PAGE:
Monday, April 2, 2012

Microlenders only source of funding for many small business owners

Prospective business owners are always concerned about where they will find money to start their business. Consider this...

Several years ago after Merlinda Sedillo Welch's chile and salsa both won blue ribbons at the New Mexico State Fair, she decided to turn her grandmother's secret recipe into a business venture. But when she approached the bank where she had maintained all her financial relationships for close to twenty-five years with a loan request, they turned her down flat.

"I still remember how devastated I was after that experience," Ms Sedillo Welch said during a recent telephone interview. Today, Merlinda's chile and salsa products are sold in many stores throughout Albuquerque, New Mexico and via her web site. How did she do it?

After the bank turned her down, she contacted Accion New Mexico, a micro-lender that makes funds available to entrepreneurs in several cities in the United States and Latin America. Within two days of meeting with Accion loan officers, she had the $500 she needed to get the business off the ground and hasn't looked back since.

Her story is not unusual. For many small business owners, micro lenders are the only hope for funding. Traditional lenders often do not have the time or inclination to service small loan requests, low income, older and/or minority applicants.

The Small Business Administration's (SBA) Microloan Program, originally authorized as part of the Commerce, Justice, State and Judiciary Appropriations Act of 1992, was made permanent in 1997 under the Small Business Reauthorization Act of 1997 ( PL.105-135). The program provides loan funding to many non-profit entities nationwide. They in turn act as intermediaries and provide short term, fixed rate loans to small and disadvantaged businesses in their operating area. Maximum loan amount is $35,000 and maximum loan term is six years.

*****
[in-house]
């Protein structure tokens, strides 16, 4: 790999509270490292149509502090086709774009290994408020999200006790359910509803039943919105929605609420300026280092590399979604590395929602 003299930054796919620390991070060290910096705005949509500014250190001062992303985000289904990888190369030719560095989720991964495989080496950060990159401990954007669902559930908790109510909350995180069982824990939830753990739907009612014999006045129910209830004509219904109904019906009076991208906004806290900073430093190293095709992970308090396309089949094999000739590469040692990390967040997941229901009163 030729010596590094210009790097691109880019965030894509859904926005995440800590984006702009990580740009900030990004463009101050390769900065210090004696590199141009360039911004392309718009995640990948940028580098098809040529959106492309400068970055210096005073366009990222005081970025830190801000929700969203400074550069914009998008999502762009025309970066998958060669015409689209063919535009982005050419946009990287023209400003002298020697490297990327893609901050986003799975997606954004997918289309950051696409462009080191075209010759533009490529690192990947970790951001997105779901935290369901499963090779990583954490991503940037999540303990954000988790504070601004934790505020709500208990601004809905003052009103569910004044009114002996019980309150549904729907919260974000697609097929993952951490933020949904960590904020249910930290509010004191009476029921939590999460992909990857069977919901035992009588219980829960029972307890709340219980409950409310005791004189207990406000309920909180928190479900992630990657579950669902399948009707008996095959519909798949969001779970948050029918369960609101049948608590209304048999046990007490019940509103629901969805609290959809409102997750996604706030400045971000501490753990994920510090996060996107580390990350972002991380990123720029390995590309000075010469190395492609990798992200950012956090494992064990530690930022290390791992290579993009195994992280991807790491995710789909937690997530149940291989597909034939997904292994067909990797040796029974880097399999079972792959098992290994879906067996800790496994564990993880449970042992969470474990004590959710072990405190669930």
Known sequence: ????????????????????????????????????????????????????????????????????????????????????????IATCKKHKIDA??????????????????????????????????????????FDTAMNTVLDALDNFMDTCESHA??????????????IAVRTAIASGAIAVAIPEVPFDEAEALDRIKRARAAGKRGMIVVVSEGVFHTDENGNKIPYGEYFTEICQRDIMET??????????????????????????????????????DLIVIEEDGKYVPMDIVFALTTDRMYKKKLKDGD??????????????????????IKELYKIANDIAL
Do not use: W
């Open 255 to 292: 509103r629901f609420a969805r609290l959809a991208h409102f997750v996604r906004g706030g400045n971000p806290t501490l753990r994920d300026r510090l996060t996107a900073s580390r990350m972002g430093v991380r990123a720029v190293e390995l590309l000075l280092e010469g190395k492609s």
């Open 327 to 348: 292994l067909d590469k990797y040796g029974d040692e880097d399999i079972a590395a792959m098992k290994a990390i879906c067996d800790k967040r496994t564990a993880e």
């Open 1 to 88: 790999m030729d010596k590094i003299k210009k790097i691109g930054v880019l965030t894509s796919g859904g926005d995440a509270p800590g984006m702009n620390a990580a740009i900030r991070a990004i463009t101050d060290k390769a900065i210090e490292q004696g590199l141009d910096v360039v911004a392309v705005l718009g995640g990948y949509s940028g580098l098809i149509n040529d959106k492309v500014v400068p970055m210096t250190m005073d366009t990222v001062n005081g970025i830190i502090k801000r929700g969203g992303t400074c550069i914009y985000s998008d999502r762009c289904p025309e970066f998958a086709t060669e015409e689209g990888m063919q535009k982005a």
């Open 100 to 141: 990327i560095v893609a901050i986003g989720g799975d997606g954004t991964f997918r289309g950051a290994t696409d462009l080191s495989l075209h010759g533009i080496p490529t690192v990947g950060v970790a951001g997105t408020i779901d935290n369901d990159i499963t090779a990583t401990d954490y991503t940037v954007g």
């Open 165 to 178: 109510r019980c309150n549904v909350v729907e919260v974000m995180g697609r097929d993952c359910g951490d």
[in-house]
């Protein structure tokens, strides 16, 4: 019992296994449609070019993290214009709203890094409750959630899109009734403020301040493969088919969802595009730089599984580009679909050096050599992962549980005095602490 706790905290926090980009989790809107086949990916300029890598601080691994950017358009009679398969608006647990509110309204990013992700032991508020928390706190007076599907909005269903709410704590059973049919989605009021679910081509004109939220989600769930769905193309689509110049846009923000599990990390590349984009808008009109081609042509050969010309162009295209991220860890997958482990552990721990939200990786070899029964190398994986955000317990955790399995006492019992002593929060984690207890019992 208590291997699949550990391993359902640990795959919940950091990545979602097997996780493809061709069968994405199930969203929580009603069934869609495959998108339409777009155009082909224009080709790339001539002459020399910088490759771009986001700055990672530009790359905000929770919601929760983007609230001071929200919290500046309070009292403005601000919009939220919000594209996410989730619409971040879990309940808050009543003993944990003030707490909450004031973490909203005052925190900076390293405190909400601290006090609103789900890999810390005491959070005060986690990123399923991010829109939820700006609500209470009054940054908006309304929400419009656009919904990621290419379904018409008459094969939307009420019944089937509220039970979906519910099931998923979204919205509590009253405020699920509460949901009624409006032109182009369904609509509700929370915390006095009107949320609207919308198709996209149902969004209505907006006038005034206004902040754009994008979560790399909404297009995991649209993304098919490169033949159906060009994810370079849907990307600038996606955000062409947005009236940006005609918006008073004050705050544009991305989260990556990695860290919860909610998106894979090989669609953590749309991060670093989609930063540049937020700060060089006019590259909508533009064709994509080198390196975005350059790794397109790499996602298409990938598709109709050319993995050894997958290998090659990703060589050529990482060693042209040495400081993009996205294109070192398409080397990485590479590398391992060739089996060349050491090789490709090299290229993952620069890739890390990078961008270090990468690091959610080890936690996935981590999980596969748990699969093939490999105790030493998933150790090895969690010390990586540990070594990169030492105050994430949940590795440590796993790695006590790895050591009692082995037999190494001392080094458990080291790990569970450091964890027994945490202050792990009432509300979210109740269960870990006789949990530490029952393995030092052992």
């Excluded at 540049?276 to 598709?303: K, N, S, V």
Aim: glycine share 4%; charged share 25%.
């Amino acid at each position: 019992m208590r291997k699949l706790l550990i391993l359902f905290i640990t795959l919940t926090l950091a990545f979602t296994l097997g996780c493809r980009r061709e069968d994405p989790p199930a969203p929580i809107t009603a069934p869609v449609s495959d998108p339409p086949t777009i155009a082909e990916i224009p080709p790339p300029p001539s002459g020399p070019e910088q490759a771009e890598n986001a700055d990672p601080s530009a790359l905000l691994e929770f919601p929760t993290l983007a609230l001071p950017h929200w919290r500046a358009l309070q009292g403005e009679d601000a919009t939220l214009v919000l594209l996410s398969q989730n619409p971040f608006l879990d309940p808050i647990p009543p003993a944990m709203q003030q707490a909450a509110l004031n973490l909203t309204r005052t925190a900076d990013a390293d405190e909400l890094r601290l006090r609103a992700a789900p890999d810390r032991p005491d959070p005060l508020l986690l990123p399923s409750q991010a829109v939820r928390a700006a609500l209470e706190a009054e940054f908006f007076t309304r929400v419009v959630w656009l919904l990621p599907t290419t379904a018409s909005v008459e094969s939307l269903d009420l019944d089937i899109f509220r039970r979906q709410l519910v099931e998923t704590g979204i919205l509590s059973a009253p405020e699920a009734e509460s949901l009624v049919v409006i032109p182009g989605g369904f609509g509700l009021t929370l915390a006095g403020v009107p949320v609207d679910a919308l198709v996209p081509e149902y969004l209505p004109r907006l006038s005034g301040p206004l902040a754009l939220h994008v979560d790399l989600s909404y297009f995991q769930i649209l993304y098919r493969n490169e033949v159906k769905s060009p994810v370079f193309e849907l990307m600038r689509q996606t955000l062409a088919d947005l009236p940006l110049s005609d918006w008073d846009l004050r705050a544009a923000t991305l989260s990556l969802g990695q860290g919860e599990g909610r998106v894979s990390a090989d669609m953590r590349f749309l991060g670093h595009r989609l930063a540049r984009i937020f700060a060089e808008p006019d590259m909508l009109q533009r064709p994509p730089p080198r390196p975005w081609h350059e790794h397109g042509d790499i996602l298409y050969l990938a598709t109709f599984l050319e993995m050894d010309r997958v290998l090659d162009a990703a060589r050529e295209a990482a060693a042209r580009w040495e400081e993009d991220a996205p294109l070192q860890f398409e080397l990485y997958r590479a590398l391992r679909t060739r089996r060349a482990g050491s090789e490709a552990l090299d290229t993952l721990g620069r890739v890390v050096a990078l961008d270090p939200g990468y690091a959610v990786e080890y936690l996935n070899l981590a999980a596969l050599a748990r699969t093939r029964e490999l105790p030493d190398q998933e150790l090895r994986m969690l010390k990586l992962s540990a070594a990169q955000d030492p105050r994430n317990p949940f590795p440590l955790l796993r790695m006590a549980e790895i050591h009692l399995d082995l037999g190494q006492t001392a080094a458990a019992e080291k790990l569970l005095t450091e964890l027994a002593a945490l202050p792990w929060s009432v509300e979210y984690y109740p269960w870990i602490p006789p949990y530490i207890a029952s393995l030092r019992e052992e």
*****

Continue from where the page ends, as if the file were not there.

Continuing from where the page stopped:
Each micro-lender establishes it's own lending and credit criteria. According to a spokesperson from Accion New York, in making loan decisions, the applicant's good character and commitment to making the business a success is looked at more closely than the credit record. Similarly, at the Lower East Side Federal Credit Union in New York City, "the credit history of the business owner is very important, but does not by itself determine loan approval or denial" says a credit union spokesperson. In cases where an applicant has no credit, the credit union may request an alternative credit history such as rent and utility bills payments.

Some micro lenders require that loan applicants be in business for a period of time before requesting financing while others consider new business owners and provide help with business planning and referral to training programs, sometimes as a prerequisite to loan approval. All SBA intermediaries are required to provide some form of technical assistance.

Microenterprises are flourishing in America as a result of these programs. According to the Association for Enterprise Opportunity (AEO), the most popular microenterprise undertakings include: specialty foods, jewelry, arts & crafts, gifts, daycare centers, clothing, textiles, computer technology and furniture.

To find micro lenders in your area:

I. Search the Association for Enterprise Opportunity's list for microlenders. The Association for Enterprise Opportunity is a national association dedicated to micro enterprise development in the United States. Its members include many organizations that serve low income communities.

II.Contact your local credit unions to find out whether they offer microloans.

The National Federation of Community Development Credit Unions has a list of credit unions by state at

The National Credit Union Administration also has a searchable database here:

III. Check the SBA's site. They used to provide a list of Microloan lenders here:

Additional links to sites mentioned in this post:

Merlinda's Chile

Accion International, - one of the largest microlending programs in the United States lending in communities of greater New York City, Chicago, Boston, Atlanta, throughout Texas, New Mexico and in some areas in Latin America.

Lower East Side People's Federal Credit Union -a community development credit union on the lower east side of New York City. Membership is restricted to those living or working on the Lower East Side of New York City.

This article was written by Amanda M. Gladden and originally appeared here